Apples contain pectin, a type of fiber that acts as a prebiotic. This means it feeds the good bacteria in your gut. And may be the reason they protect against obesity, heart disease, and type 2 diabetes. Your small intestine doesn’t absorb fiber during digestion. Instead, it goes to your colon, where it can promote the growth of good bacteria.

It also turns into other helpful compounds that circulate back through your body. New research suggests that this may be the reason behind some of the protective effects of apples against obesity, type 2 diabetes, and heart disease.

5. Cancer Prevention

Apples have several naturally occurring compounds that may help fight cancer. Test-tube studies have shown a link between plant compounds in apples and a lower risk of cancer. Additionally, one study on women reported that eating apples were linked to lower rates of death from cancer.

Scientists believe that their antioxidant and anti-inflammatory effects may be responsible for their potential cancer-preventive effects. One study indicated that those who consumed 1 or more apples per day were at a lower risk of cancer. Including a 20% and 18% lower risk of colorectal and breast cancers, respectively.

6. Asthma Fight

Apples contain antioxidant and anti-inflammatory compounds that may help regulate immune responses and protect against asthma. Antioxidant-rich apples may help protect your lungs from oxidative damage. A large study of more than 68,000 women found that those who ate the most apples had the lowest risk of asthma.

Eating about 15% of a large apple per day was linked to a 10% lower risk of this condition. Apple skin contains the flavonoid quercetin, which can help regulate the immune system and reduce inflammation. These are two ways in which it may affect asthma and allergic reactions.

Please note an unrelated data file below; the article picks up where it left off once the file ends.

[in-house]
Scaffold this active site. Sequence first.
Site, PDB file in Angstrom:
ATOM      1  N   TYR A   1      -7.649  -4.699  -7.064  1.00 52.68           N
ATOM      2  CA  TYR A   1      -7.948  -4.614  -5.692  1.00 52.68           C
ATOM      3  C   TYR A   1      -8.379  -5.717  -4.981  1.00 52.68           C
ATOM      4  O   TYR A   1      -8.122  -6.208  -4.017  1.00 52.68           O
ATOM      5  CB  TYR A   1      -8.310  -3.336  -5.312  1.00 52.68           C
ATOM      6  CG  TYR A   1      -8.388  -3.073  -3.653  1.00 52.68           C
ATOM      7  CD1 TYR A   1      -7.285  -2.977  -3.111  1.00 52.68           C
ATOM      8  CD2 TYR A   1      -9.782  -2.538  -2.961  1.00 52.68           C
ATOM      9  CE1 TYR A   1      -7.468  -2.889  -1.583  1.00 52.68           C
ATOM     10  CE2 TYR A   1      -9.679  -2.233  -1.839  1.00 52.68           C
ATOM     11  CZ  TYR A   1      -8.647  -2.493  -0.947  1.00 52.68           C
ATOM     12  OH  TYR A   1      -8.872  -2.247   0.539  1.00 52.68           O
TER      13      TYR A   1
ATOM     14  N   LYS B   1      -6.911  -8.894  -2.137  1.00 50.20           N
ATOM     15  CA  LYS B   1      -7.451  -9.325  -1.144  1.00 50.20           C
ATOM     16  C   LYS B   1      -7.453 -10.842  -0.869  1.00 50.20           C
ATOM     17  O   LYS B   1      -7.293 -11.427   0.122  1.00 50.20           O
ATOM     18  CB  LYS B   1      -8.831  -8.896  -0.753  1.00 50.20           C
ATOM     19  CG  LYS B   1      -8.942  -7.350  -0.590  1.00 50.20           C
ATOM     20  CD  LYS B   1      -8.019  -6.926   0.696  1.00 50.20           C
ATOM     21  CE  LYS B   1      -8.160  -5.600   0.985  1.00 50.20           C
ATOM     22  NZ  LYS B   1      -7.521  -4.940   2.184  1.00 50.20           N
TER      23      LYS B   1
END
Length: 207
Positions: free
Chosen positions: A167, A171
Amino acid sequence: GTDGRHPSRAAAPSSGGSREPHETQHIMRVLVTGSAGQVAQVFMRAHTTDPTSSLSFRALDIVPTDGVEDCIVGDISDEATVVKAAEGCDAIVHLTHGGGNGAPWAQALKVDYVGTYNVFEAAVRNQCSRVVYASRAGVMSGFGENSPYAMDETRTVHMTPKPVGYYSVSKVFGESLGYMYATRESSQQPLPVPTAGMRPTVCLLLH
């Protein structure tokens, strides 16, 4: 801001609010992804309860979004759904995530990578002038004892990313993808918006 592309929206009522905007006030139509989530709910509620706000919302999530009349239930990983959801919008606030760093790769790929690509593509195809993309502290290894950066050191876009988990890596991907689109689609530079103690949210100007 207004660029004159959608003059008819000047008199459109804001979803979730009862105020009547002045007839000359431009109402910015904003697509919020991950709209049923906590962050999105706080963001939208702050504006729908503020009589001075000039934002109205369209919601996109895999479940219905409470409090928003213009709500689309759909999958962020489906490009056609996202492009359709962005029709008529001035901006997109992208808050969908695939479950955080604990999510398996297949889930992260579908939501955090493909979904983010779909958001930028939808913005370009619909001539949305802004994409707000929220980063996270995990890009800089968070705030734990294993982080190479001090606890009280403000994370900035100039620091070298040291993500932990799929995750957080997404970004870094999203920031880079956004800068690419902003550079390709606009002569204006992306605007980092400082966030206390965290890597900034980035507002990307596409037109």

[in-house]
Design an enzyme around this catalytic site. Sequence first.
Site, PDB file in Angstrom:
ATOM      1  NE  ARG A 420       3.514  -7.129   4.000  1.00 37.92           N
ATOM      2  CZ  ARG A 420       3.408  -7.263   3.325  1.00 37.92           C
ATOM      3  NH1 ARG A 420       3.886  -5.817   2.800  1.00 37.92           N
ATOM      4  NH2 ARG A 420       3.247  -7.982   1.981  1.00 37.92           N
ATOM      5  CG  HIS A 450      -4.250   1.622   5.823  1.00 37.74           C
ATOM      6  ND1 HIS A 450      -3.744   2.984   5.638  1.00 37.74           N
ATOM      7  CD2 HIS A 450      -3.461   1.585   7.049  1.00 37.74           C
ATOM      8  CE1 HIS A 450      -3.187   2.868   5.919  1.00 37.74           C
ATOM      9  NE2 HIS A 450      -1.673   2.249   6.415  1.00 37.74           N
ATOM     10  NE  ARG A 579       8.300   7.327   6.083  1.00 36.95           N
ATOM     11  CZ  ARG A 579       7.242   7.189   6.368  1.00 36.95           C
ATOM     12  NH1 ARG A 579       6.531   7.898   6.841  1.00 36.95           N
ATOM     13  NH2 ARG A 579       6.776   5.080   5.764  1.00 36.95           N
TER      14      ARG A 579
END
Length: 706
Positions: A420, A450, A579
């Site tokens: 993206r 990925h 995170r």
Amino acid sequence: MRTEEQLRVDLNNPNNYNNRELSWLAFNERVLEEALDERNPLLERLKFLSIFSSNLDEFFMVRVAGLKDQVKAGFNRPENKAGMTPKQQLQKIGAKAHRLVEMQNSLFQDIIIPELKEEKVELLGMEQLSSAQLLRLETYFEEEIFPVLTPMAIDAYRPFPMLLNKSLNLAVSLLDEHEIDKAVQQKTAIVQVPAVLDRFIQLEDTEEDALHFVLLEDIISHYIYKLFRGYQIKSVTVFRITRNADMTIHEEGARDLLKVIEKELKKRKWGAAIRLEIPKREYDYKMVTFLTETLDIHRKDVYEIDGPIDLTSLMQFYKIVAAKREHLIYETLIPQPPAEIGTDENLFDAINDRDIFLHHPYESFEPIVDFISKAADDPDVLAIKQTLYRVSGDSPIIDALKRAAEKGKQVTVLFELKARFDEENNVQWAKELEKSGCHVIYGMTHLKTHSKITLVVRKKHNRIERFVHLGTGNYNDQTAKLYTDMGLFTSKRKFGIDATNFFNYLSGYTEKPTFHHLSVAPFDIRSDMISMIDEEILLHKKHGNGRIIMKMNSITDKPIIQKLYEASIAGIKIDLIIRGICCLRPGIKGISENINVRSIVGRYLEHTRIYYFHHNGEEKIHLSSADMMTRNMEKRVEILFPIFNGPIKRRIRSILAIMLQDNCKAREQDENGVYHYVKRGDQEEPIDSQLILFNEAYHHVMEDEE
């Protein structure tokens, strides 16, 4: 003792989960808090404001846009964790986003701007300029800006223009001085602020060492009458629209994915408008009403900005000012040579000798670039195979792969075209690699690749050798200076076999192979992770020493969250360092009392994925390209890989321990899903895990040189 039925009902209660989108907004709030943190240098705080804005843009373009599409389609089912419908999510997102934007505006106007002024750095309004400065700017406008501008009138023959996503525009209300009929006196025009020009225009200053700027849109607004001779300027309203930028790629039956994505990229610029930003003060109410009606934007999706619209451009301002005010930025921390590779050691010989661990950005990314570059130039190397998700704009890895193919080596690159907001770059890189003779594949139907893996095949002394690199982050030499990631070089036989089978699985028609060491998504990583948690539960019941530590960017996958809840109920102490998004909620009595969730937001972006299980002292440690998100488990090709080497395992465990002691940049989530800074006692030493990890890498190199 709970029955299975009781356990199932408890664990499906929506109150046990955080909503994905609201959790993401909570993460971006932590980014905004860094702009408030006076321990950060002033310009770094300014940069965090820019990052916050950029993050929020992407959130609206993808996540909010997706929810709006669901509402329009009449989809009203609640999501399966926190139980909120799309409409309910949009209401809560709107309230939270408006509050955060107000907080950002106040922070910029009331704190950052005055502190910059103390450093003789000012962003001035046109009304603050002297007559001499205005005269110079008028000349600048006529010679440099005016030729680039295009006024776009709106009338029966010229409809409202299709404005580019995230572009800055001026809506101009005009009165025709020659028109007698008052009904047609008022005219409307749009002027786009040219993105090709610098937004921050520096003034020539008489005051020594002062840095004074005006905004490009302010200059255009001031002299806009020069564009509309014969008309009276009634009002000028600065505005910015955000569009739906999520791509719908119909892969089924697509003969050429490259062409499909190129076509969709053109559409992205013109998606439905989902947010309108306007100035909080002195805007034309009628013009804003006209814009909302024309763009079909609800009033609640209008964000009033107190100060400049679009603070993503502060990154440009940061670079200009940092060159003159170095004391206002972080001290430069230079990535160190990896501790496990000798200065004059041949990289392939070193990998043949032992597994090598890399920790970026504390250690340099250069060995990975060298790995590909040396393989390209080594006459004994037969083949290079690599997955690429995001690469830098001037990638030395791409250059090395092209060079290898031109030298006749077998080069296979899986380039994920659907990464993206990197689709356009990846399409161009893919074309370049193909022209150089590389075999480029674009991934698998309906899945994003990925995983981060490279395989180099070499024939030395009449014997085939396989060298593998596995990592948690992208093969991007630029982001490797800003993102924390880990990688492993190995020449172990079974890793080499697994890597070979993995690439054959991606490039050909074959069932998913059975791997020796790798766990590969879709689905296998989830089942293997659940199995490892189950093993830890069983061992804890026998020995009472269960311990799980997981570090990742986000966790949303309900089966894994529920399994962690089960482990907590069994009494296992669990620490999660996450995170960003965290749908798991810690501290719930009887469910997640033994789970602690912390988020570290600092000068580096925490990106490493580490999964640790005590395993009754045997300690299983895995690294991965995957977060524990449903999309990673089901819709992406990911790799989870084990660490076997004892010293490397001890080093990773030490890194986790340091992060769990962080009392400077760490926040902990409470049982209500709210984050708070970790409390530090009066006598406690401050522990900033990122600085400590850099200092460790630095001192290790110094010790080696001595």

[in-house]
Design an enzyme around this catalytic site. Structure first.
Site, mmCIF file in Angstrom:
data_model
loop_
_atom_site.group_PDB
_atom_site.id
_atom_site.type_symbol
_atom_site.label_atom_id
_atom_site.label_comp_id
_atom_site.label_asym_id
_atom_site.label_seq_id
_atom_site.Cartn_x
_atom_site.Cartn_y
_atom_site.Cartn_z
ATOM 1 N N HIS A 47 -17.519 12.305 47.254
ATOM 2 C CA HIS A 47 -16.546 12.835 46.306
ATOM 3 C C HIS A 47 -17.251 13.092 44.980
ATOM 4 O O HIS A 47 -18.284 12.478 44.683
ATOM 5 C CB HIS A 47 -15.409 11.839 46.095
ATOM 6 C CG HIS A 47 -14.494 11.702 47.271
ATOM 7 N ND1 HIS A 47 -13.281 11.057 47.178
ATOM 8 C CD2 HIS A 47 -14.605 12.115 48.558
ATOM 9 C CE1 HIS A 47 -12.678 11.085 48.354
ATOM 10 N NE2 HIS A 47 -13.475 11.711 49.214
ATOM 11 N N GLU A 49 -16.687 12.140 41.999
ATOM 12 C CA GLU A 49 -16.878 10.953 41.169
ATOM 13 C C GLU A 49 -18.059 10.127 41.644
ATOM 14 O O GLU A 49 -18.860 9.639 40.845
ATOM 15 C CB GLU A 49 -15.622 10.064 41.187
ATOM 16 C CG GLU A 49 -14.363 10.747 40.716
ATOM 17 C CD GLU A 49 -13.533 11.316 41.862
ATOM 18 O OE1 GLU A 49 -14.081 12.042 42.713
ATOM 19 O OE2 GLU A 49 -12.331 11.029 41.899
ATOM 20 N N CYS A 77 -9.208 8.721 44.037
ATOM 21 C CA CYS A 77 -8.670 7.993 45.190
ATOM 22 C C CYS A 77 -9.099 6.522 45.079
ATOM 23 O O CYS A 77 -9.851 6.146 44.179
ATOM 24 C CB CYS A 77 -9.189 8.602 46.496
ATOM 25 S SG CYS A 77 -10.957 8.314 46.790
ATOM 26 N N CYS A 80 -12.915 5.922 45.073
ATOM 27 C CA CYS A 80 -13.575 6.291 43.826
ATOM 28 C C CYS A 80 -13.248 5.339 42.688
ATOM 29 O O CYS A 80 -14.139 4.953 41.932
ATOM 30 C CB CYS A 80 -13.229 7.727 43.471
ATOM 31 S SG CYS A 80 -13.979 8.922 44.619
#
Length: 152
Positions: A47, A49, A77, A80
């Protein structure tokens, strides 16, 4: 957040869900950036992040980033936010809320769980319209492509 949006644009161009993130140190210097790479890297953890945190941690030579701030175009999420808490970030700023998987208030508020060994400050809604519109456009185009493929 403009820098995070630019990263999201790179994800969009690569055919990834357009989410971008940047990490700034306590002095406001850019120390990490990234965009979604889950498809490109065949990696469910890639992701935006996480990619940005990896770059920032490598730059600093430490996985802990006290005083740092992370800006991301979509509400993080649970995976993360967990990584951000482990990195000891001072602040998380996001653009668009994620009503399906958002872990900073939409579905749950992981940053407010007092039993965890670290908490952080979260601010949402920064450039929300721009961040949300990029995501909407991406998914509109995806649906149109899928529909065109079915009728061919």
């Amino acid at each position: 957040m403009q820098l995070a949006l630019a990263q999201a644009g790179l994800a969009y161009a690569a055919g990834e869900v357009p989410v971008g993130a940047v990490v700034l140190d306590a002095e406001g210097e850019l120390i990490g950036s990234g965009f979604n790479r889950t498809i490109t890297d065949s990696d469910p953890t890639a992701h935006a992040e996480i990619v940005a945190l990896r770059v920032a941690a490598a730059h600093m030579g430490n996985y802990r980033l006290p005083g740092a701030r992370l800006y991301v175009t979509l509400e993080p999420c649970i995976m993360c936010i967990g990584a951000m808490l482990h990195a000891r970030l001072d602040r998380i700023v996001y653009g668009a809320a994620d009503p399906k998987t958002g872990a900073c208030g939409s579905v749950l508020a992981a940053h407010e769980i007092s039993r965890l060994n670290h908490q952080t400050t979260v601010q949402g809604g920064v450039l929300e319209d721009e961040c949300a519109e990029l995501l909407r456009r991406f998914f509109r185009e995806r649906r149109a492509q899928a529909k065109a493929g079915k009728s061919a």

7. Bone Health

As a matter of fact, eating fruit is linked to higher bone density, which is a marker of bone health. Researchers believe that the antioxidant and anti-inflammatory compounds in fruit may help promote bone density and strength. What’s more, eating fruit may help preserve bone mass as you age.

Some studies show that apples, specifically, may positively affect bone health. In one study, women ate a meal that either included fresh apples, peeled apples, applesauce, or no apple products. Those who ate apples lost less calcium from their bodies than the control group.

8. Stomach Protection

Whether you can’t go to the bathroom or you just can’t stop, the fiber found in apples can help. Fiber can pull water out of your colon to keep things moving along when you’re backed up. Or even absorb excess water from your stool to slow your bowels down.

The class of painkillers known as nonsteroidal anti-inflammatory drugs (NSAIDs) can injure the lining of your stomach. A study in test tubes and rats found that freeze-dried apple extract helped protect stomach cells from injury due to NSAIDs. Two plant compounds in apples — chlorogenic acid and catechin — are thought to be particularly helpful.